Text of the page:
As this father of a high school sophomore gets older, the list of things I wish someone would have told me when I was younger grows longer.
For instance, I wish someone would have made a bigger deal out of dual-credit courses when I was in high school.
Dual-credit courses are courses that some colleges offer to high school students so that they can get a jump on their college careers. Students receive simultaneous credit from both the college and the high school, while developing a better understanding of academic expectations in college – all at, in many cases, a reduced price. That last part – a chance to save some money on college tuition – is something that’s going to be pretty important to this dad in a couple of years.
So, if you are in high school or are the parent of a high school student, I urge you to do some research on colleges that offer dual-credit courses.
That said, to be successful as a dual-credit student, you are should be highly motivated and self-disciplined; have good study habits; be good at completing goals; and have good high school grades.
For me, arming my daughter with good information is going to be easy. I work at Indiana Tech in Fort Wayne, Ind., and our e-Start program makes it easy for high school juniors and seniors to earn college credit while they are in high school, regardless of where they live.
Indiana Tech’s e-Start courses are delivered online and have been developed to run congruently with a traditional high school semester. They are 16 weeks long and are completely asynchronous, making them ideal for high school students who are balancing sports and other activities. And, at $75 per course with the text book rental fee included, e-Start courses are very affordable. As an additional benefit, students are eligible for a $500 ($1,500 maximum) scholarship toward first-year tuition at Indiana Tech for every e-Start course completed.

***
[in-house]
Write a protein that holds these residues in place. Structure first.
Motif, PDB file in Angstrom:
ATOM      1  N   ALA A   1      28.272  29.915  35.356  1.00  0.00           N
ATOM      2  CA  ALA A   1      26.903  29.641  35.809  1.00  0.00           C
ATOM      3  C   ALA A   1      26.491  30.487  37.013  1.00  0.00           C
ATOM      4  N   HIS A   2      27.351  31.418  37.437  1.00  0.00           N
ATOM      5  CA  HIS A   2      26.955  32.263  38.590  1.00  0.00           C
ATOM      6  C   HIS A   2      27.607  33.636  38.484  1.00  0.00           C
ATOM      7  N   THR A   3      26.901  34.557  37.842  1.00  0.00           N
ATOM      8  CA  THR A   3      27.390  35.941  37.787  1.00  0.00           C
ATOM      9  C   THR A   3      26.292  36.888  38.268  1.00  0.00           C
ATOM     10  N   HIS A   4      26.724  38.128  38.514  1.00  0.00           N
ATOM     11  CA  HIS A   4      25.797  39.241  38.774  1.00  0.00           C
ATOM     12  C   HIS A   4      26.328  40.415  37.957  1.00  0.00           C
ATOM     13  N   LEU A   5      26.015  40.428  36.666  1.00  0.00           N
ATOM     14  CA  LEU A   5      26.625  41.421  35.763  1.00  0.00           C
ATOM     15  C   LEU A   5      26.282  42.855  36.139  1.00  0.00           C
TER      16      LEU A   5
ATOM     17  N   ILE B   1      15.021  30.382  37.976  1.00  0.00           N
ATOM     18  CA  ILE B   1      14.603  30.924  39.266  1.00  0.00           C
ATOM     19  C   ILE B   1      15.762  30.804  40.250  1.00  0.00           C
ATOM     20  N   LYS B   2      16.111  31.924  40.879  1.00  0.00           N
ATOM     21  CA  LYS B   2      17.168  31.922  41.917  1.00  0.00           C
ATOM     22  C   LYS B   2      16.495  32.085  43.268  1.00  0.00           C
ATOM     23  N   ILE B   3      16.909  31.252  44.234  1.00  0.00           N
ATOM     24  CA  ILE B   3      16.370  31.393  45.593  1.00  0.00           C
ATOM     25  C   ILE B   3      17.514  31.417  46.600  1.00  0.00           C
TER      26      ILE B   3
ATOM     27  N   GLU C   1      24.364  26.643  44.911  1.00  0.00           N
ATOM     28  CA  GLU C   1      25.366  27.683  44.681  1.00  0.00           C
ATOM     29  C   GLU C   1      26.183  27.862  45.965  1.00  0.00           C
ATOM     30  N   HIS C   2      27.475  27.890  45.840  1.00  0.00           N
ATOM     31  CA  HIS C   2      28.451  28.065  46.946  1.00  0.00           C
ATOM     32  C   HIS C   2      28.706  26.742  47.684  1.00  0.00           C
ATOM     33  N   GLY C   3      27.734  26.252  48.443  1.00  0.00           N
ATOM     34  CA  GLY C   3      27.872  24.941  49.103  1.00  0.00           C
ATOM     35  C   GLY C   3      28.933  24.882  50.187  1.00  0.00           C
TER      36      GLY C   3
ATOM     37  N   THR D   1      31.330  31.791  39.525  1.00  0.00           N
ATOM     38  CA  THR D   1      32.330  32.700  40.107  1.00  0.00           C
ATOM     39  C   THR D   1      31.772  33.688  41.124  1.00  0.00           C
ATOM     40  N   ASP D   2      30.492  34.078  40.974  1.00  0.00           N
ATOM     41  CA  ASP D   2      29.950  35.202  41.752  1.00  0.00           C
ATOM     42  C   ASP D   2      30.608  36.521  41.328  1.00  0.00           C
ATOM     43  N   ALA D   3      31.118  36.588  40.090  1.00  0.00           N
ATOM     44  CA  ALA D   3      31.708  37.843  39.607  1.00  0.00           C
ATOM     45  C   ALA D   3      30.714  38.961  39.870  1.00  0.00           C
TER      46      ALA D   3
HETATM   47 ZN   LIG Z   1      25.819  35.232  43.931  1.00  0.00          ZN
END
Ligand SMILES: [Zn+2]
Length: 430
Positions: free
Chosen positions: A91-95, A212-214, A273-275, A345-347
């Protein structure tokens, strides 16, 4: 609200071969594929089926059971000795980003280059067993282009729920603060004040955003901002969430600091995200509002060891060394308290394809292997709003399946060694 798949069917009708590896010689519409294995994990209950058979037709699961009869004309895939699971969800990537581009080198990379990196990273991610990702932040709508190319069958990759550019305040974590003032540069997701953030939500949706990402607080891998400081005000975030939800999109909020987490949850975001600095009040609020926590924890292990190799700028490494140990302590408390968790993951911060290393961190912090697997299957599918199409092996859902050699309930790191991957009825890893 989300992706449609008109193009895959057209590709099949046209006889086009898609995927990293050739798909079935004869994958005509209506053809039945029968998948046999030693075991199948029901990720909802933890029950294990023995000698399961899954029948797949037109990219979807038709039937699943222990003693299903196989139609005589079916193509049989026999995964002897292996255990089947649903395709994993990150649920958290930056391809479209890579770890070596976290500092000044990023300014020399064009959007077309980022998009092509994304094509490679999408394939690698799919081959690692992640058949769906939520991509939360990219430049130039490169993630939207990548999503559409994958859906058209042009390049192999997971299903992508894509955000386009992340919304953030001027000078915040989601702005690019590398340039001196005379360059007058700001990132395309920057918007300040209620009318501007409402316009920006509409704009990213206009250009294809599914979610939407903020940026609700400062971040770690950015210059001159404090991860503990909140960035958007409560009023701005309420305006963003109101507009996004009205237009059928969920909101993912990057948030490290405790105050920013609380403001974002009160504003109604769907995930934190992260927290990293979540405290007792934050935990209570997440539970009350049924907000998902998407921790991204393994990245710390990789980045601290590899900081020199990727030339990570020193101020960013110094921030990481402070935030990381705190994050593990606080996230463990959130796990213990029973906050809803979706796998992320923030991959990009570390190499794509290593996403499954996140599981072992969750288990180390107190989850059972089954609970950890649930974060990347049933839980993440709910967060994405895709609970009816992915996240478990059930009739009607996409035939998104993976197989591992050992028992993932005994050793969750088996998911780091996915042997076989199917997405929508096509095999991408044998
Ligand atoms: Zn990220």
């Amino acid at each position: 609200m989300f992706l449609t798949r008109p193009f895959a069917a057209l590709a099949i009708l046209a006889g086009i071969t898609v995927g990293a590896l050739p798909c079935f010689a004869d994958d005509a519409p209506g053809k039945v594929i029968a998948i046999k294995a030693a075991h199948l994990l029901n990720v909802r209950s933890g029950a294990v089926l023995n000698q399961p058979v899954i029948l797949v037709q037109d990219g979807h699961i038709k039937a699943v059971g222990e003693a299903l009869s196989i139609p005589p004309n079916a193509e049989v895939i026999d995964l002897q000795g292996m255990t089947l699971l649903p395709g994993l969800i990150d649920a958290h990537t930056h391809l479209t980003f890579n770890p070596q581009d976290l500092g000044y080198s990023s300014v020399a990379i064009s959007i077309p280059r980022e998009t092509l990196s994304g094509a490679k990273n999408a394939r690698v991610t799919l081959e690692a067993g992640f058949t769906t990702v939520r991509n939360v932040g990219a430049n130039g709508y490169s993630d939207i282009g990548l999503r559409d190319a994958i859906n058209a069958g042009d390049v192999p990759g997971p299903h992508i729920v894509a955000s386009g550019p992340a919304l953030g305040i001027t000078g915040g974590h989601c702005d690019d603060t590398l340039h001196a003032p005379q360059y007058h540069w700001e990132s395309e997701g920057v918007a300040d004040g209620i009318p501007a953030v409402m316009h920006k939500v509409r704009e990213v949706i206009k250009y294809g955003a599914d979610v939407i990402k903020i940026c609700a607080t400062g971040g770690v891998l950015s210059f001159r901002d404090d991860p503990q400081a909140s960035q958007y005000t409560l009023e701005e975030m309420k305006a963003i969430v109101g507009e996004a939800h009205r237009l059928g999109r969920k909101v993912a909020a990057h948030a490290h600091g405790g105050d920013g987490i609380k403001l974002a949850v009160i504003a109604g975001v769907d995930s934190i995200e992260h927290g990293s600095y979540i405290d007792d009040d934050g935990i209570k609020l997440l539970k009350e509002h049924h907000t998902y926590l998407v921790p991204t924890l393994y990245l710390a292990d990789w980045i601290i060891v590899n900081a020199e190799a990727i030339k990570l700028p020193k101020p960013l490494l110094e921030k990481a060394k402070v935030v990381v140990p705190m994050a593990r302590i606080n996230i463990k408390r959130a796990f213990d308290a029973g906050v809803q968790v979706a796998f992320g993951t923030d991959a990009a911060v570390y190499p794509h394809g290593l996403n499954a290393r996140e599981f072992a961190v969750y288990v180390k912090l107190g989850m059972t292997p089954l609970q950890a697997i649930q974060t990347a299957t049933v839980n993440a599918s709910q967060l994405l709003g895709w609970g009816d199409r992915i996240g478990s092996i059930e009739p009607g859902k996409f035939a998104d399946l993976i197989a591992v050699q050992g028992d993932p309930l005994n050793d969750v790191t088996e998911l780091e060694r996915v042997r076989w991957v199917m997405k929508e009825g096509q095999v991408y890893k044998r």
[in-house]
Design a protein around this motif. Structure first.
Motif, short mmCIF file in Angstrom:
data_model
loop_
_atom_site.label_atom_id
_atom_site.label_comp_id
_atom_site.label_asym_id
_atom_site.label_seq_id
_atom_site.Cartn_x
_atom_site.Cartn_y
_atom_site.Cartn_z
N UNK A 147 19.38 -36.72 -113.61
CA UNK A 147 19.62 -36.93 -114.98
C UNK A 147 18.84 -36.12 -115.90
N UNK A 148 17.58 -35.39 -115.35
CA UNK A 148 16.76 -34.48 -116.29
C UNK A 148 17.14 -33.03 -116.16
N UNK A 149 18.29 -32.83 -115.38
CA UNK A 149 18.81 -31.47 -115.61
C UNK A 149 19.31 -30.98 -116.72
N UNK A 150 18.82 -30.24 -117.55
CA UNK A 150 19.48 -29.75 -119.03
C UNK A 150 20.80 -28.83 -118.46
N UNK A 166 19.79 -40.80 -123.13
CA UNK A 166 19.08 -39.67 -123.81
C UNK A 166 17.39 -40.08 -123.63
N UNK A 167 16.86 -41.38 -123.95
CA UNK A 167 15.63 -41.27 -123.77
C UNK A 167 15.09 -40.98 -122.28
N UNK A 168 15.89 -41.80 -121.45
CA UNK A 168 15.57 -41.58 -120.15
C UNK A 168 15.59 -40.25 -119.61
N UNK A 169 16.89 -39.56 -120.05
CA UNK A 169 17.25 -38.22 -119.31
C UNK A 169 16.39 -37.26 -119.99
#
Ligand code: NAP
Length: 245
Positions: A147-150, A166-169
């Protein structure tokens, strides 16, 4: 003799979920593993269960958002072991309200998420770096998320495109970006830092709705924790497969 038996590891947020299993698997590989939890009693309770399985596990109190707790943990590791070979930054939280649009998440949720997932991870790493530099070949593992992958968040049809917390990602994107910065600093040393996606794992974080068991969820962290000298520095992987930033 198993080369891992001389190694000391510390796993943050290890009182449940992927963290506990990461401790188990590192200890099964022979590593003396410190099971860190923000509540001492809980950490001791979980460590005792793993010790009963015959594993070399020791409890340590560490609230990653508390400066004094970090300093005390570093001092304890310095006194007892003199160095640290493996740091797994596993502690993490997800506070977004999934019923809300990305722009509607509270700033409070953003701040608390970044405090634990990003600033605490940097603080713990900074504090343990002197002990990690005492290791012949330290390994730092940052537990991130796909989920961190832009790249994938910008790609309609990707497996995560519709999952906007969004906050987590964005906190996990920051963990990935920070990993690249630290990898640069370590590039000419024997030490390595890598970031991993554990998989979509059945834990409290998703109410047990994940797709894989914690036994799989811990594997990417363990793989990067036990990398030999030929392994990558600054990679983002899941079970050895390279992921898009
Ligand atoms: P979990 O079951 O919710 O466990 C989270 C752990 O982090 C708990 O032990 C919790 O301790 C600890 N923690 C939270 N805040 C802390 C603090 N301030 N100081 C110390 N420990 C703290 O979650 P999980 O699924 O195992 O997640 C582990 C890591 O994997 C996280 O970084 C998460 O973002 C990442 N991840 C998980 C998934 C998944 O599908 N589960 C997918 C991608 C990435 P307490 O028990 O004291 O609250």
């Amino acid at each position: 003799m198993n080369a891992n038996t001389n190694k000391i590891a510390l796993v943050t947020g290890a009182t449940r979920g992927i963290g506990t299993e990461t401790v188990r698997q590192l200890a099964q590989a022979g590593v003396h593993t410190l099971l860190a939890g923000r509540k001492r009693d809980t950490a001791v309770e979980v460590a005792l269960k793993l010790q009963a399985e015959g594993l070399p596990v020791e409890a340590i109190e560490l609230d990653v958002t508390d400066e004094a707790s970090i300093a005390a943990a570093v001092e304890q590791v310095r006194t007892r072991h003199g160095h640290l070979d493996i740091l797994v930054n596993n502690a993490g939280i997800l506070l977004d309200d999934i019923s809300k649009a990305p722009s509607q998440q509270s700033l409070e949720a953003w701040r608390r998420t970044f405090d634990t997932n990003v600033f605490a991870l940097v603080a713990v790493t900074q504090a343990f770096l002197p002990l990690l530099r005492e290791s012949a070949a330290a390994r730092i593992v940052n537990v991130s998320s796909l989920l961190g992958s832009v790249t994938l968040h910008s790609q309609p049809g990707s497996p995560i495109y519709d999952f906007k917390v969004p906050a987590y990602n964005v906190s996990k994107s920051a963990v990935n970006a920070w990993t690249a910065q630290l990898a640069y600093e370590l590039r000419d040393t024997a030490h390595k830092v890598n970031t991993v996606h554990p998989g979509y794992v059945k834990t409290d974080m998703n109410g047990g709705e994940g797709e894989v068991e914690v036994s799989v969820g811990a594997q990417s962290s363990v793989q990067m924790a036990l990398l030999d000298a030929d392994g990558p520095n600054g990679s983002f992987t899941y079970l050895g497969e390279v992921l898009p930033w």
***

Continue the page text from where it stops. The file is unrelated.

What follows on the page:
Courses available through Indiana Tech’s e-Start program are:
ENG1250 English Composition I: This course is an introduction to expository writing for a variety of aims and audiences. Students learn to write as a process and are briefly introduced to research and proper documentation.
PSY1700 Introduction to Psychology: The fundamental principles of psychology including, but not limited to, research methodology, perception, development, motivation, consciousness, learning, thinking, stress management and social relationships.
SS1110 American Government: This course introduces the student to the meaning of politics, its relationship to the concept of political power and its impact upon governmental policy making. The course explores the nature and history of our political system and the various philosophical principles upon which it is based, and discusses national government institutions and the operation of national, state and local governments.
SS2800 Introduction to Sociology: An introduction to the scientific study of human society and social behavior, this course examines sociological theories of human behavior, cultural patterns and social change. Emphasis upon the influence of social and cultural forces on personal experience and social behavior in reference to the post industrial society.
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